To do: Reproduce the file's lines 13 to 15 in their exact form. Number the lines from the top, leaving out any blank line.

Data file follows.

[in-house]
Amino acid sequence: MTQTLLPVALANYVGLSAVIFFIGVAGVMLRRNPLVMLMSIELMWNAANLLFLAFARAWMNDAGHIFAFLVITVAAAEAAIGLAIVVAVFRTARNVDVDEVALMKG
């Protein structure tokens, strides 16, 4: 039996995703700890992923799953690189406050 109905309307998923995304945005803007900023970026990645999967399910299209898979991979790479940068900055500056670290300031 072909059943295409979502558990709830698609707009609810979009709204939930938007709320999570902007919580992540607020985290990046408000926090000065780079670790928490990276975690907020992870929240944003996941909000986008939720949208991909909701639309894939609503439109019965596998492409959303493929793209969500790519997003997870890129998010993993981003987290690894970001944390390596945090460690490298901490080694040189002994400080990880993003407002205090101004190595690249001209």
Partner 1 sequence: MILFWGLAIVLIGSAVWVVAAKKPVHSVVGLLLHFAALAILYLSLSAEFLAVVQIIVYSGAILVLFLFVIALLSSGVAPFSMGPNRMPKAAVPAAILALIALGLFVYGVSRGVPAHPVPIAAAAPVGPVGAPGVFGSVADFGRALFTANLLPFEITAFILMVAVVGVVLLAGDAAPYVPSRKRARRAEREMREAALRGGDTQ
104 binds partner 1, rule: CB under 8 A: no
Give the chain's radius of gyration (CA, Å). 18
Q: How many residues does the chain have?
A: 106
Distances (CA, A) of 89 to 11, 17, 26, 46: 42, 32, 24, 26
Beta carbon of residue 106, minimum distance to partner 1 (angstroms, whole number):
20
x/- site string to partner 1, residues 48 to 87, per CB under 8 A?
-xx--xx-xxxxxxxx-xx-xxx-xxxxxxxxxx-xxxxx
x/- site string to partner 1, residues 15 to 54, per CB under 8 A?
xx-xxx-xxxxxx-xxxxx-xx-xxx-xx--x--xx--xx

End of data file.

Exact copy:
-xx--xx-xxxxxxxx-xx-xxx-xxxxxxxxxx-xxxxx
x/- site string to partner 1, residues 15 to 54, per CB under 8 A?
xx-xxx-xxxxxx-xxxxx-xx-xxx-xx--x--xx--xx